Featured StoryGreece is not the big story of Europe anymore - just a smoke screen.
The big story is Spain and the United Kingdom, and the news is getting worse.
In the past week, Spanish officials acknowledged to reporters that the country's banks and companies were having difficulty obtaining credit. The credible website EuroIntelligence reported that Spain is now effectively cut off from...
United States Fears Economic Stimulus Measures Will Choke on Europe's Drastic Budget Slashing
While U.S. President Barack Obama will be gunning for more economic stimulus measures at this weekend's Group of 20 (G20) meeting in Canada, European lawmakers continue drastic efforts to rein in spending.
The coordination of global efforts to promote economic recovery will be the main issue at the weekend's meeting, which was set to spotlight the value of China's currency before Beijing announced Saturday that it would allow the yuan to appreciate. The...
The Sovereign Debt Crisis: Bad For Europe, Good For U.S. Stocks
For several months now, we've been talking about the post-financial-crisis "new world order" that's emerged from the speculative excesses, recessionary realities and regulatory breakdowns of recent years. This new world order has created a world of lucrative new profit opportunities - that are governed by a new set of profit rules.
In terms of that whole new rules/new profit opportunities paradigm, here's one that may surprise you: The ongoing European crisis could end up as a net positive for U.S. stocks.
Hungary is the Latest European Domino to Fall
As if Greece, Spain and Portugal were not enough of a concern for the European financial system, another villain has emerged from behind the curtains: Hungary.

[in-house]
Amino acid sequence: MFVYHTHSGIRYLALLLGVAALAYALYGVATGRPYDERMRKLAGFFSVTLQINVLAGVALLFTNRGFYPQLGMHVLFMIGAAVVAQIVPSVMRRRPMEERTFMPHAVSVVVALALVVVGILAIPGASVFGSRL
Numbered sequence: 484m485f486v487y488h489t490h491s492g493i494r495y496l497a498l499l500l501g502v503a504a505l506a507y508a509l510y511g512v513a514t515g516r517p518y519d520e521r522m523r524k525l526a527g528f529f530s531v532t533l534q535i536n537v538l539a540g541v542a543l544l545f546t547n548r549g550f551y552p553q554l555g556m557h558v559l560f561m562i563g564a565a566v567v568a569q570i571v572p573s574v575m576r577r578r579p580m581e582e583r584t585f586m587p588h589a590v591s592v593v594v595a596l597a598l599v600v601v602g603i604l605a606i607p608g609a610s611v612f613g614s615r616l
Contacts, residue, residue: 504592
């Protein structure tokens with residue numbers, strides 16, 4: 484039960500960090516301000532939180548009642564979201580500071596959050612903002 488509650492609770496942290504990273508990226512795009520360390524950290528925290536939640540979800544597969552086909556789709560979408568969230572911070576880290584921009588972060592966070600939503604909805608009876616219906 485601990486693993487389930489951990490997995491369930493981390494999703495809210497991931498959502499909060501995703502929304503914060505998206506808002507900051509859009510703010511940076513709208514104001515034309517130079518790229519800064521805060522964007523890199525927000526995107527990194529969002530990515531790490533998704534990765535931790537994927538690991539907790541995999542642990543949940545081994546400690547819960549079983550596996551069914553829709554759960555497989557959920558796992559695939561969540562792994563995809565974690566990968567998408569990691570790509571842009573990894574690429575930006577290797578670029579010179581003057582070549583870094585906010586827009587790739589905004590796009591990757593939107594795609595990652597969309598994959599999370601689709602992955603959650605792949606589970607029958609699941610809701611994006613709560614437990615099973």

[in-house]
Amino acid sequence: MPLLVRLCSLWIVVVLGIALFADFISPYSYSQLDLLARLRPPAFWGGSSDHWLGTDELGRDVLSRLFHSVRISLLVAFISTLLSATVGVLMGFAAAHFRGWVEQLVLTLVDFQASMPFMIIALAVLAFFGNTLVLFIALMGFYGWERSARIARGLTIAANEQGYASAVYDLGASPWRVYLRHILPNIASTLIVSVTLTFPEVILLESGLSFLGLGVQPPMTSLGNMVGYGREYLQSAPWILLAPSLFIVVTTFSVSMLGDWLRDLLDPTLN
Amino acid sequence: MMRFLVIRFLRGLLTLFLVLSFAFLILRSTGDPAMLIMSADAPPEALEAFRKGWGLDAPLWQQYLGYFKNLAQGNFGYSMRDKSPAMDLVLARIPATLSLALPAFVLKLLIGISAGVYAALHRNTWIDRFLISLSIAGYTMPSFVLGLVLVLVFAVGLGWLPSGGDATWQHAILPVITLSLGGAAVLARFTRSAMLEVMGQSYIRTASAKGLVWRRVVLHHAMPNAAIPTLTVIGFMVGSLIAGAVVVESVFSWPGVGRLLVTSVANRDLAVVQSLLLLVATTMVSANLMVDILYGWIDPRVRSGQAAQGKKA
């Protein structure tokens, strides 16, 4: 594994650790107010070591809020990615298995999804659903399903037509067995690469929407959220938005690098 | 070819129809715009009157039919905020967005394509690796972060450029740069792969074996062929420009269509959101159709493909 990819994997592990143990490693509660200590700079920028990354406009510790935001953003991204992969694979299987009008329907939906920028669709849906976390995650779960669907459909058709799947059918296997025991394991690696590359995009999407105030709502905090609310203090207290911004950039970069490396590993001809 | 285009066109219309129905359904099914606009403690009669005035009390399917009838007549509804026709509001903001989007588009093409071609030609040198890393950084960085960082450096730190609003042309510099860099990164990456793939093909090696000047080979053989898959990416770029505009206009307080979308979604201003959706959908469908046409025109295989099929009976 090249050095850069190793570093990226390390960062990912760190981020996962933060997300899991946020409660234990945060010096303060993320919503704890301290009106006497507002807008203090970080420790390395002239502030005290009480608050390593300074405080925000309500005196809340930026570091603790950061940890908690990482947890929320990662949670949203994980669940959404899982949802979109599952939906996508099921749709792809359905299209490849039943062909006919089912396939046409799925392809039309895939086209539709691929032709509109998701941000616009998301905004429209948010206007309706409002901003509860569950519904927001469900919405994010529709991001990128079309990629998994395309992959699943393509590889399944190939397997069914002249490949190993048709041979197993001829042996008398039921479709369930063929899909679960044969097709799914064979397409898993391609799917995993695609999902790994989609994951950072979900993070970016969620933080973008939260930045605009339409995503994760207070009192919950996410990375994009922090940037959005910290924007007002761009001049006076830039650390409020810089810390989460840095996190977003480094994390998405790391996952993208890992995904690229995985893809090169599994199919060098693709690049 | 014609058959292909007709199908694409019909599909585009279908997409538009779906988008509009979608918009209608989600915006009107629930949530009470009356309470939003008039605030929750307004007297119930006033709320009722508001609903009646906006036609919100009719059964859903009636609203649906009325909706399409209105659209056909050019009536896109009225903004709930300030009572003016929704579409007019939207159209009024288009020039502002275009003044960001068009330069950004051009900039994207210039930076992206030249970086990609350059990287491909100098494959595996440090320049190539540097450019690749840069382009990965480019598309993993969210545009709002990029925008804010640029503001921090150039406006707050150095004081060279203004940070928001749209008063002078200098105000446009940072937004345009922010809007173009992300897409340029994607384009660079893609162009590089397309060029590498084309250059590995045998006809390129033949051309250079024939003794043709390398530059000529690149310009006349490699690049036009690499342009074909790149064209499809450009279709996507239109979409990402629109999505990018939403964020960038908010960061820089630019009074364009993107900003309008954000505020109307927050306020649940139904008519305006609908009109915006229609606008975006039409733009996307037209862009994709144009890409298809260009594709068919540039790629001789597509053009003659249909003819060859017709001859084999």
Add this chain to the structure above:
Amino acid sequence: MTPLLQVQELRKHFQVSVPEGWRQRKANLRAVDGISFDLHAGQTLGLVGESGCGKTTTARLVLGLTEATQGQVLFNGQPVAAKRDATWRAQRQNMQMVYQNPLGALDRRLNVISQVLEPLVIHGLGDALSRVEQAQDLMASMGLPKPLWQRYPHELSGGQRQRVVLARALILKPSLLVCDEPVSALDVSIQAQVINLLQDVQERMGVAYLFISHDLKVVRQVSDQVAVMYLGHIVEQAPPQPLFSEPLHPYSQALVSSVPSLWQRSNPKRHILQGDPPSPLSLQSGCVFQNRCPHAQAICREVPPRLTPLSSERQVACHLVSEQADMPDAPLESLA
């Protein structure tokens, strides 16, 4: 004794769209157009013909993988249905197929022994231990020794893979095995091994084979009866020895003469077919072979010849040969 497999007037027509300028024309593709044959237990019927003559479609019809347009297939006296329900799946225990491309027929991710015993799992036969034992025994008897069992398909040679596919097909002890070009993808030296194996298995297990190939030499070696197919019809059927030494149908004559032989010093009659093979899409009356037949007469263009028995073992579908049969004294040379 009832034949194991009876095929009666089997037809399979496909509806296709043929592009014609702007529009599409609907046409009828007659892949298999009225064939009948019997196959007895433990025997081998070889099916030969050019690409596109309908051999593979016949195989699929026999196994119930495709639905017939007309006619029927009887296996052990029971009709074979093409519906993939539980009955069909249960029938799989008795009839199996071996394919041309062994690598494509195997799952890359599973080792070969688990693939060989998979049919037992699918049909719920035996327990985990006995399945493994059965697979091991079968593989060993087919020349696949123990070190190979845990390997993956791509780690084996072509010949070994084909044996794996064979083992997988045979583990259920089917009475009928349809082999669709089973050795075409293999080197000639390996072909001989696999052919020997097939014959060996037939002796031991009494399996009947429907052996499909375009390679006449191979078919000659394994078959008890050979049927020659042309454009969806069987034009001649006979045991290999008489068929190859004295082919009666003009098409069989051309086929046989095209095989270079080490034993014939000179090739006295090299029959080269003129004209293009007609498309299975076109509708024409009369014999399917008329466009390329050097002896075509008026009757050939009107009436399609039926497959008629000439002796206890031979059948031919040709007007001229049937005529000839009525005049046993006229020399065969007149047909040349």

A new government swept into office in late May and the ruling party leader declared the country had little chance of avoiding a...
Are Spain's Banks Better Off than Speculators Would Like to Believe?
Somebody is bluffing.
Either Spain's financial system is on the verge of a breakdown, or hedge funds and speculators are exaggerating the vulnerability of Spain's banks to capitalize on short-selling Eurozone securities.
Investors will have a clearer picture of what's going on in Spain when the results of stress tests performed on the nation's banks are released. But until those results are known, rumors of a bailout of Spain will continue...
Stock Market Stuck as Investors Demand Risk Premium for Buying
Stocks rose worldwide over the past week by 2% to 5%, swelling with sudden courage after positive economic reports from China and shaking off some worsening news in the United States about retail sales and jobs.
Yet results in the past month are still heavily negative, ranging from -5.5% for U.S. stocks and -8.5% for Europe. China has suddenly become the most buoyant region, up 1.5% in the past month.
The variation in one-week and one-month results illustrate perfectly how investors are showing that they are hopeful but...
From Leader to Laggard: Is it Time to Bet Against the U.S. Dollar?
The U.S. dollar has been one of the world's strongest currencies in the first part of 2010, posting double-digit gains through the end of May.
And little wonder. The Greek debt crisis continues to threaten Europe's overall health, and could unleash an entirely new contagion on the rest of the global economy. Then there's China, - the engine of world growth during much of the financial crisis - which now appears to face the near-term triple threat of slowing growth, accelerating inflation and workplace unrest. Add in concerns...
Spain's Banco Santander Stands Strong Against Debt Crisis with Confident Global Expansion
The Eurozone's largest bank, Banco Santander, S.A. (NYSE ADR: STD) of Spain, showed the European debt crisis has not hurt its prospects by announcing today (Wednesday) it would buy Bank of America Corp.'s (NYSE: BAC) stake in its Mexico unit. The $2.5 billion purchase increases Santander's exposure to the high growth opportunities of Mexico's banking sector.
Defensive Investing: Eight Ways to Tell if Your Mutual Fund Still Fits You
With the whipsaw patterns U.S. stocks have experienced in recent weeks - both the Dow Jones Industrial Average and Standard & Poor's 500 Index are down 12% from their highs for the year - even the most ardent buy-and-hold investors are studying their portfolios, searching for holdings to cull.
But what if your buy-and-hold strategy has been implemented using mutual funds? As...